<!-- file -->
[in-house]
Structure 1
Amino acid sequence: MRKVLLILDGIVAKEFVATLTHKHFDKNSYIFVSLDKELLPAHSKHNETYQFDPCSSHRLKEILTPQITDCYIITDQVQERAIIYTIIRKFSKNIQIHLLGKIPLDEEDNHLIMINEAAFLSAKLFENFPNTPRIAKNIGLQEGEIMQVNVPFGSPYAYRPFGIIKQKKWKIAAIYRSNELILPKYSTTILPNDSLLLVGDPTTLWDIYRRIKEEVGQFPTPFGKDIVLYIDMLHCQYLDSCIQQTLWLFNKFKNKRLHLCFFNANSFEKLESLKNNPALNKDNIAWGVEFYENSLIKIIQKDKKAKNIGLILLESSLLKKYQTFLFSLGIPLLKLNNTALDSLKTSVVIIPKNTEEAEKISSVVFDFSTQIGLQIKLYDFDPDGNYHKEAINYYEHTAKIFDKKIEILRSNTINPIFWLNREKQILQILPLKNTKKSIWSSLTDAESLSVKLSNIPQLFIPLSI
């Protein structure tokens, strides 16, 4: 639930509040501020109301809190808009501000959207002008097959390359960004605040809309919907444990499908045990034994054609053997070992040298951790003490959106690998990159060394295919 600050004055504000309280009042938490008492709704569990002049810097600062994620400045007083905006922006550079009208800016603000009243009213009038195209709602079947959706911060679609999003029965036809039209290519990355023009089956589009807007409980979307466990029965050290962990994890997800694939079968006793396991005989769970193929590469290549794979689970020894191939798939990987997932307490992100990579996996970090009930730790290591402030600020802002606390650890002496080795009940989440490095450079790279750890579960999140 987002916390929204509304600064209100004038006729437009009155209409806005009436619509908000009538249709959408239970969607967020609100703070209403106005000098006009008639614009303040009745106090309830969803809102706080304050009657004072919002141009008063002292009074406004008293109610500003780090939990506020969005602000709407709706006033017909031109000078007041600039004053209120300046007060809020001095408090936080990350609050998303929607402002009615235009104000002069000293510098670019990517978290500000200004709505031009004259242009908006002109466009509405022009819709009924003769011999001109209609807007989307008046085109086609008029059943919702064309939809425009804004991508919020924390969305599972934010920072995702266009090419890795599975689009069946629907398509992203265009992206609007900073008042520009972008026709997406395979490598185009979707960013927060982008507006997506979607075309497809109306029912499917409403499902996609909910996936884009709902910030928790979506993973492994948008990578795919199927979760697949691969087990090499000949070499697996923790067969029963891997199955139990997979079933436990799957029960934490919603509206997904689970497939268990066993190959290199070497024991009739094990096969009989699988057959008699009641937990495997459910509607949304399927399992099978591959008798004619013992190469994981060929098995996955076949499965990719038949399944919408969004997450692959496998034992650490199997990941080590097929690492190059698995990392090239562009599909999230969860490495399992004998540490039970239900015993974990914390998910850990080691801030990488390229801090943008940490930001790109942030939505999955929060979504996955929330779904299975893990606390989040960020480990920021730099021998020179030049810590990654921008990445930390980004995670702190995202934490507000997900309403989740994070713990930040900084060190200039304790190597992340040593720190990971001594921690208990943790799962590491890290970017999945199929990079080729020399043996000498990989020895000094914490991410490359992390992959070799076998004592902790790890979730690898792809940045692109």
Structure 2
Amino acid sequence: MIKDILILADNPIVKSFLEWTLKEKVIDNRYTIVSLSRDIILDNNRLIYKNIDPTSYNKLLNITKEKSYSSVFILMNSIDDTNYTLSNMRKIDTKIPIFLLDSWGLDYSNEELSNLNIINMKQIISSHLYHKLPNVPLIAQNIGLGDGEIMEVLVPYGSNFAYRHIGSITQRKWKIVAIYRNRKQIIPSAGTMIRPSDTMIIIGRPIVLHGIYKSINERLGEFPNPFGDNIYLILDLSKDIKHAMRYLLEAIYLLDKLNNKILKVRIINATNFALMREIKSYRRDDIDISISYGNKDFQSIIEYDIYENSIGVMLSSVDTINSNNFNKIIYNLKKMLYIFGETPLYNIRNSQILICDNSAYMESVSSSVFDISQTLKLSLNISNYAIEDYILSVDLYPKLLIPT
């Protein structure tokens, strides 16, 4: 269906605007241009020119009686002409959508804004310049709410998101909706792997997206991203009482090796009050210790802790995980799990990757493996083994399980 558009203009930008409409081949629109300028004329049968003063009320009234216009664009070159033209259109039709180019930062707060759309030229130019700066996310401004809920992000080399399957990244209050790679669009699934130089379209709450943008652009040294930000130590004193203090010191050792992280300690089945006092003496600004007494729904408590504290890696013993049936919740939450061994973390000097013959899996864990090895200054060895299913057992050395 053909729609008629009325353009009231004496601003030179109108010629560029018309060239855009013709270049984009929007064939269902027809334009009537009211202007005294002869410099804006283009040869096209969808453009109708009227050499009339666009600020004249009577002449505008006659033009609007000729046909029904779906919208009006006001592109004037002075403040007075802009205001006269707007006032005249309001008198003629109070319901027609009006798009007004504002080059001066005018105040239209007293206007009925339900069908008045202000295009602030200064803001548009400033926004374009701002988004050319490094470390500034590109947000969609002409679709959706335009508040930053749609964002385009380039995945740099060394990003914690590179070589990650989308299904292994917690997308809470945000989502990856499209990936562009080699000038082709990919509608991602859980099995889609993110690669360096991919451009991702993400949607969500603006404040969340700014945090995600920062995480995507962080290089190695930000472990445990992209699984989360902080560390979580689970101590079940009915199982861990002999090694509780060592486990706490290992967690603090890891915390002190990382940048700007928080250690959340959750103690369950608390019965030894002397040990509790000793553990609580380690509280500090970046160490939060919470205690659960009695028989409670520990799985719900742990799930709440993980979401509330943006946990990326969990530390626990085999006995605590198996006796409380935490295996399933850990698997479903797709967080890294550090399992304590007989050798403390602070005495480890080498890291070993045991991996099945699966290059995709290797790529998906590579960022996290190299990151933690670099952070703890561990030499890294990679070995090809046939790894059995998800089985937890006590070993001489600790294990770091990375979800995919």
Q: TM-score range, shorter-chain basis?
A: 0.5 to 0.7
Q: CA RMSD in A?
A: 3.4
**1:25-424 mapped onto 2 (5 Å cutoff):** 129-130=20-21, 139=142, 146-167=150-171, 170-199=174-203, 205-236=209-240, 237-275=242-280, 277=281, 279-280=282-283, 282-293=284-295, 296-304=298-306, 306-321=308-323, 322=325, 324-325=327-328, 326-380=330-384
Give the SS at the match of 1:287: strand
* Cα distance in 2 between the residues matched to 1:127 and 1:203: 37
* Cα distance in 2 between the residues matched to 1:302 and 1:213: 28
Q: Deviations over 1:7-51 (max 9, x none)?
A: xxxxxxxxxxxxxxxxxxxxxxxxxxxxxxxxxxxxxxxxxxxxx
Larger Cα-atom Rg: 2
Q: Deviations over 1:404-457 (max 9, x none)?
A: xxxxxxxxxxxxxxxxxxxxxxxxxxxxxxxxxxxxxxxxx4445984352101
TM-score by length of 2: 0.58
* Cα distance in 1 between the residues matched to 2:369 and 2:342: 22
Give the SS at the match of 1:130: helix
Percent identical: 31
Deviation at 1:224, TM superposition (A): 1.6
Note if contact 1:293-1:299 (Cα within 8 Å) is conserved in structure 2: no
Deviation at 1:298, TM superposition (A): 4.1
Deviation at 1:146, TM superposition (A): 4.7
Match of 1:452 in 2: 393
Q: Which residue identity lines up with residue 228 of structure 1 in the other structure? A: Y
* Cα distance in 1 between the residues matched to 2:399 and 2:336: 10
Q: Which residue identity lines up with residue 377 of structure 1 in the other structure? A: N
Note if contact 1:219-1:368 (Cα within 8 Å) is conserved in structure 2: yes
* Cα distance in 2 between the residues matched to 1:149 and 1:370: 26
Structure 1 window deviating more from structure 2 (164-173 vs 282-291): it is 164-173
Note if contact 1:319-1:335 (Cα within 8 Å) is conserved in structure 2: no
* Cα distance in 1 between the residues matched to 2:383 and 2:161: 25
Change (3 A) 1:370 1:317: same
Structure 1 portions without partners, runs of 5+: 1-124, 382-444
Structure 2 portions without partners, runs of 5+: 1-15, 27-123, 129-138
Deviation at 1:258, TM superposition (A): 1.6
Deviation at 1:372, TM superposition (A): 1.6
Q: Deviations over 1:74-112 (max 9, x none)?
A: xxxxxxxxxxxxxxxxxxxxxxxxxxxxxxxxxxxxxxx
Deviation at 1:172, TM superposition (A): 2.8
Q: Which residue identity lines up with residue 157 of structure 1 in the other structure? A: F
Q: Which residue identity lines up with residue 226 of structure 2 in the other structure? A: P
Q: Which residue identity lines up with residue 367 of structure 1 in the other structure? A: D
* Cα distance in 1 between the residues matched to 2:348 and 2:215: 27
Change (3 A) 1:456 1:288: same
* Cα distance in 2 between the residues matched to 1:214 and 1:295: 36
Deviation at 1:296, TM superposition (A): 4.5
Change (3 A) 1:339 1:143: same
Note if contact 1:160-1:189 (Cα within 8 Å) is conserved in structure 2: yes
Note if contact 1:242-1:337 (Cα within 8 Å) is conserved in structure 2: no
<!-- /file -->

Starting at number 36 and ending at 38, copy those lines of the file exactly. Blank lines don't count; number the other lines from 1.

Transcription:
Note if contact 1:319-1:335 (Cα within 8 Å) is conserved in structure 2: no
* Cα distance in 1 between the residues matched to 2:383 and 2:161: 25
Change (3 A) 1:370 1:317: same